8. Member States shall demonstrate how the agricultural practices committed under eco-schemes respond to the needs referred to in Article 108 and how they contribute to the environmental and climate architecture referred to in Article 109(2), point (a), and to animal welfare and combatting antimicrobial resistance. They shall use a rating or scoring system or any other appropriate methodology to ensure the effectiveness and efficiency of the eco-schemes to deliver on the targets set. When establishing the level of payments for different commitments under the eco-schemes pursuant to paragraph 7, first subparagraph, point (a), of this Article, Member States shall take into account the level of sustainability and ambition of each eco-scheme, based on objective and transparent criteria.
The Commission then, is concerned that by not prioritising certain more ambitious eco-schemes, farmers will simply not choose them.
The Observation Letter itself states (point 111): “The probable great difference in the cost/income loss of the eight practices covered might lead to low compensation for some of them, or possibly too high for others. This can discourage the farmers’ uptake of the most demanding practices such as planting trees/hedgerows or maintenance of landscape features/non-productive areas”.
The principle of paying for the costs incurred and income forgone of environmental action should be maintained, the EU executive considers. Indeed there are “needs which Ireland itself has identified or which arise naturally from the country’s situation” which eco-schemes could help with – if they were more ambitious.
While Ireland may refer to the importance of getting people into the eco-schemes, in reality it now must work out a way to show incremental improvements, year on year, from the current baseline. This will not be easy, as farmers can change eco-scheme options from year to year. But could it consider increasing numbers, year on year, of more intensive farmers opting for more environmentally ambitious eco-schemes, for example?
A litany of issues
Pesticides, Anti-microbial resistance (AMR), nutrient losses and high nature value landscapes are all named as requiring more information on. However the language is graduated. For both pesticides and AMR targets, the Commission “requests” that Ireland sets national values. This, again, is a specific ask that will be hard to ignore. For nutrient losses Ireland needs to clarify and/or improve its plan; for high diversity landscape features it “strongly recommends that Ireland explain in greater detail what this means in practice”.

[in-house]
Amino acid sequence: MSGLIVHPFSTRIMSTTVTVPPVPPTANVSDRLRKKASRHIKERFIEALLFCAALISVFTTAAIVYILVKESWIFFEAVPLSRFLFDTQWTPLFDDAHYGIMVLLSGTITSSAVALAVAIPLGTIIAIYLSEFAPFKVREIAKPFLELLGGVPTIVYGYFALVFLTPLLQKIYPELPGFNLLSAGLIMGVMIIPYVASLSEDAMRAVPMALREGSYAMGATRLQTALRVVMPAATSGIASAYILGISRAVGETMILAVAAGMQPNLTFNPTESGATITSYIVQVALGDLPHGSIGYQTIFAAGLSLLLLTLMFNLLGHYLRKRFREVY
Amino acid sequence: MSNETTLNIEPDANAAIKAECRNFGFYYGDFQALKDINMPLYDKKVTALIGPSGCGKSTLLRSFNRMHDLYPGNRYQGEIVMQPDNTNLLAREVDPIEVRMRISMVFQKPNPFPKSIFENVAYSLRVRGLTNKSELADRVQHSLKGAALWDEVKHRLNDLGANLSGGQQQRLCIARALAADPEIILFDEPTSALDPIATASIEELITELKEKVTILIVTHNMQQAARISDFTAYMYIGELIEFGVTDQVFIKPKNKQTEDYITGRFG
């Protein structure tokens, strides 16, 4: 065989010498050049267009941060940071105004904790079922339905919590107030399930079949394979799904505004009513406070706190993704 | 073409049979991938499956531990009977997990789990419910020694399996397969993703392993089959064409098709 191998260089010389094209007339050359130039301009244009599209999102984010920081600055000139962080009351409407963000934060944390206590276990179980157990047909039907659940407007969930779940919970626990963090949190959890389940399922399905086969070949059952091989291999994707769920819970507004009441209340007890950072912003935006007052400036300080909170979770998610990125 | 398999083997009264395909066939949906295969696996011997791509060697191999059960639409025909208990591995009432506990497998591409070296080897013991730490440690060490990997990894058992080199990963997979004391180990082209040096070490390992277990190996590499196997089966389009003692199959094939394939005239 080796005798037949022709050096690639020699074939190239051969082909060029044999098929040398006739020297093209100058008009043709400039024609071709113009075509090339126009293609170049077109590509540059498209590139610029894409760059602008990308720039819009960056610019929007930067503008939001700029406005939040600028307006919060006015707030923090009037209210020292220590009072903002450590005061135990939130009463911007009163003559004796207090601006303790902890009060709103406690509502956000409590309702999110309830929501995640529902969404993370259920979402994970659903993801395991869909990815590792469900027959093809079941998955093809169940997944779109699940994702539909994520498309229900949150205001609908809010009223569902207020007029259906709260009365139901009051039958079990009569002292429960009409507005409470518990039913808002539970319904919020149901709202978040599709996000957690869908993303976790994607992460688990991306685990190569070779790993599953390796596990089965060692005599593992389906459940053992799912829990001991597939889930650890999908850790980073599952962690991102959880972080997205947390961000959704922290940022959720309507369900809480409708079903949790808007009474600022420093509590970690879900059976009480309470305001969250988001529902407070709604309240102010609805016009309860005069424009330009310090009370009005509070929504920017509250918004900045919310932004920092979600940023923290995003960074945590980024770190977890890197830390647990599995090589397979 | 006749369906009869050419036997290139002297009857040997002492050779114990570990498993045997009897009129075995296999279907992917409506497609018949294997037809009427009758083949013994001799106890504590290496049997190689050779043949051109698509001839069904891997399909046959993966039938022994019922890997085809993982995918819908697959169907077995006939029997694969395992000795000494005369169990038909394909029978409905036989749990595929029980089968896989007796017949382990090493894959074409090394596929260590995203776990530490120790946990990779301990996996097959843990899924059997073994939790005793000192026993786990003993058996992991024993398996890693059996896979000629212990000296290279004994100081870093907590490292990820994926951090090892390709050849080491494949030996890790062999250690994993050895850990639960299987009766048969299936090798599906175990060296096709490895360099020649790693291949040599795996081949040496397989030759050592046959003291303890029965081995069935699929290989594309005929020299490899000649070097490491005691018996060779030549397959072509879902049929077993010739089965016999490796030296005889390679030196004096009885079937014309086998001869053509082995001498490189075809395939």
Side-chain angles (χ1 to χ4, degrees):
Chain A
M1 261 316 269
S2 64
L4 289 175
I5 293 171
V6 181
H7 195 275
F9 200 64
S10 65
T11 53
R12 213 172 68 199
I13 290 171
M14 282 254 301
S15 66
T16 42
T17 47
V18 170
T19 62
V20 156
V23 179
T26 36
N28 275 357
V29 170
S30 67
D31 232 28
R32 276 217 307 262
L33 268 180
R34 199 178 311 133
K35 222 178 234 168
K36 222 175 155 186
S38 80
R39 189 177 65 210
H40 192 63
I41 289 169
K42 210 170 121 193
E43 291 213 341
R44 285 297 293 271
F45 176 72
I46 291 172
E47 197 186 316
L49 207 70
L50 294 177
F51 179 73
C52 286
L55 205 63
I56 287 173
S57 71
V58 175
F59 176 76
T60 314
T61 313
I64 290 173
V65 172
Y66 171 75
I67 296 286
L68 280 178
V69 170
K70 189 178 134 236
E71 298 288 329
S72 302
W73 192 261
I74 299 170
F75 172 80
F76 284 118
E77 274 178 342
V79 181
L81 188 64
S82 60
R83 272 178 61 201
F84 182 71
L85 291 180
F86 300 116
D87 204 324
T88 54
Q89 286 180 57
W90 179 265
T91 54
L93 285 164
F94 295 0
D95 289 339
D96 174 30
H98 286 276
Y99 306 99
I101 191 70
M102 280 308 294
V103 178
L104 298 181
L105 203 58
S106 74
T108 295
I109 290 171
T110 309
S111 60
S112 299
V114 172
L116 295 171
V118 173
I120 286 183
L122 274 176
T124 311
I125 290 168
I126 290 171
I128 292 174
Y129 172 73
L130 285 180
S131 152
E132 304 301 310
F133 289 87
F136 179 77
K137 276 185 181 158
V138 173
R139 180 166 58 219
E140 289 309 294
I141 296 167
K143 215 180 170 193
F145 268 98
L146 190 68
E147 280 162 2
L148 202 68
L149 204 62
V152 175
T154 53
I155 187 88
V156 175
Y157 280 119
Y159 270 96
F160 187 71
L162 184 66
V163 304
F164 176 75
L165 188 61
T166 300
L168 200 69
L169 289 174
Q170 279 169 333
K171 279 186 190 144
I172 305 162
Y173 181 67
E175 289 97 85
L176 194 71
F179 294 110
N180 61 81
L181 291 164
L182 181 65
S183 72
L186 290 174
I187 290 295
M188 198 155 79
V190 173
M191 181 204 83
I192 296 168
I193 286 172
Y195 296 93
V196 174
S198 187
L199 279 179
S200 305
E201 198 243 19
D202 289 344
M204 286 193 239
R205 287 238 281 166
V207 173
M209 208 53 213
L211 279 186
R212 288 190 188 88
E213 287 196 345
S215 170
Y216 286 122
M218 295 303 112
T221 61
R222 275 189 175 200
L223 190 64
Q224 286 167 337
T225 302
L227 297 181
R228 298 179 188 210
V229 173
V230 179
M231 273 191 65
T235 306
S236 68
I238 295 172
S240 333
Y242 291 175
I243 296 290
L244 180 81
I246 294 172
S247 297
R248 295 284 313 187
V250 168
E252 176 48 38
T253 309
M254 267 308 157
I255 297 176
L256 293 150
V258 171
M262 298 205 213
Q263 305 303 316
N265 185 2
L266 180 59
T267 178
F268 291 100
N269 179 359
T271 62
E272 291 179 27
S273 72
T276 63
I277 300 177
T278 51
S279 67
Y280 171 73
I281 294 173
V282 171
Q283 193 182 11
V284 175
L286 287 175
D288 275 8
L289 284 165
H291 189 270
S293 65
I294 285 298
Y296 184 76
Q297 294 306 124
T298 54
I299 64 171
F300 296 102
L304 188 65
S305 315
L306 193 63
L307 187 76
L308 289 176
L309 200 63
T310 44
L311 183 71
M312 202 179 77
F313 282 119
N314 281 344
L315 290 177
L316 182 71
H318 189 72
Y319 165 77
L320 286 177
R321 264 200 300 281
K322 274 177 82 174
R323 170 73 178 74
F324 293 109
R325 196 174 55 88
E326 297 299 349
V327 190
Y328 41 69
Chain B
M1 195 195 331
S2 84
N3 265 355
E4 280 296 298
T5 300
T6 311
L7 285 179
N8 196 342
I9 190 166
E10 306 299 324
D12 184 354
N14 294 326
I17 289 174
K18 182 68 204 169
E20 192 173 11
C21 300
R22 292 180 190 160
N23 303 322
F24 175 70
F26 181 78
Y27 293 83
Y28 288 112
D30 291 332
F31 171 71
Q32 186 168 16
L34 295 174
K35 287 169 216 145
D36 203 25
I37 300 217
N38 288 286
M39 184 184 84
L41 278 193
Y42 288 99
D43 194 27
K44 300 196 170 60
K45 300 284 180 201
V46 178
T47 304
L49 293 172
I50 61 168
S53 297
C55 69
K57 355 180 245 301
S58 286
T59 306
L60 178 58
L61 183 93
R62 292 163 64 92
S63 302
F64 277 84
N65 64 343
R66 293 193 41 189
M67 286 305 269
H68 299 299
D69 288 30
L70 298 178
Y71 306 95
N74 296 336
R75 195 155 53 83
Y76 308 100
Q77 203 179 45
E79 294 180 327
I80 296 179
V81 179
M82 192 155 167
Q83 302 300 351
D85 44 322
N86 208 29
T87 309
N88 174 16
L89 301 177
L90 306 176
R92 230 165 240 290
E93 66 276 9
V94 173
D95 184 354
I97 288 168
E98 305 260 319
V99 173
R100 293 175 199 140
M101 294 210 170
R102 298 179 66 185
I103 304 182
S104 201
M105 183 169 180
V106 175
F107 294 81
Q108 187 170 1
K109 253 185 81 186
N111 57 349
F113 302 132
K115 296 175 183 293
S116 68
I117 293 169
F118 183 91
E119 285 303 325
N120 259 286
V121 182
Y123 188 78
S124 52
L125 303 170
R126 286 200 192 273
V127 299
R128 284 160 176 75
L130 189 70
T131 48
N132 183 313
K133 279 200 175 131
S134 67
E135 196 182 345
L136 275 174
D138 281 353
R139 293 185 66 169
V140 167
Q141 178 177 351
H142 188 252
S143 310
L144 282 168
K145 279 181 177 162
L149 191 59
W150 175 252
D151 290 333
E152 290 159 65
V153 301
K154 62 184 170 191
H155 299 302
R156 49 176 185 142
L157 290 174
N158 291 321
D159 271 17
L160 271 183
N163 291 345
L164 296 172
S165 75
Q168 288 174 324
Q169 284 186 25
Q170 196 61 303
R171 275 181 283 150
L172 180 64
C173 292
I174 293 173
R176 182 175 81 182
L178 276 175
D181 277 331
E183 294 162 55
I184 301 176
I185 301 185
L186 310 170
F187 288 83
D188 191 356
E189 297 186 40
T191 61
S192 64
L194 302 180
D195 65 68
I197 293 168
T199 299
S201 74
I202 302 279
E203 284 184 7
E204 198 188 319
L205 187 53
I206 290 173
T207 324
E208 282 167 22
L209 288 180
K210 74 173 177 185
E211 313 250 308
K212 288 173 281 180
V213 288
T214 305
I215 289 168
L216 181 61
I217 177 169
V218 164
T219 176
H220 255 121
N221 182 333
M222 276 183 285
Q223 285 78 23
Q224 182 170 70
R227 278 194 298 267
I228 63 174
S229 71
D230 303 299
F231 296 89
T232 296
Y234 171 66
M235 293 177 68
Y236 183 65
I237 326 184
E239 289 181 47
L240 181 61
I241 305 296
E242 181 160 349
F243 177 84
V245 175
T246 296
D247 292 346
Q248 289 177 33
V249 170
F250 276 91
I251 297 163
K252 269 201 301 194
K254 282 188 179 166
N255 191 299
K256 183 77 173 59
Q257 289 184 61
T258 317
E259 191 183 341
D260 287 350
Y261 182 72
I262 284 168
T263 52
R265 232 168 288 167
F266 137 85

Ireland’s reliance on the Suckler Carbon Efficiency Programme is concerning for the Commission, coming as it does with a distinct lack of data. “Ireland is invited to better explain the overall emissions reduction the precursor schemes delivered, the data used for assessing this and the limiting conditions that will be put in place to ensure an overall net emission reduction from this intervention”.
A recurring theme is the large number of results indicators which are criticised by the Commission, as not actually doing what they are described as doing, or not up to the task. As one example among many:
“The targets for result indicators R.19 (protecting soils), R.20 (air quality), R.21 (water quality), R.22 (nutrient management) and R.24 (reduced use of pesticides) seem low compared to the scale of the needs identified on these issues in the CAP strategic plan. The Commission invites Ireland to revise and correct these as necessary.”
Moreover, greater clarity in what is included in conditionality (the GAECs) is asked for quite often – regarding wetlands protections, buffer strips, limits on hedgerow removal and space for nature.
A significant concern is the reference to Ireland asking for exemptions for an unknown number of waterbodies from achieving “good status” as required under EU law. “The Commission also requests further information from Ireland on the consistency of the CAP strategic plan with needs and targets arising from the Water Framework Directive (Directive 2000/60/EC) – including how many of the country’s water bodies Ireland wishes to exempt from the requirement of reaching “good status” under that Directive because of agricultural pressures”.
This request for exemption will come as news to many, and appears to be on shaky ground legally.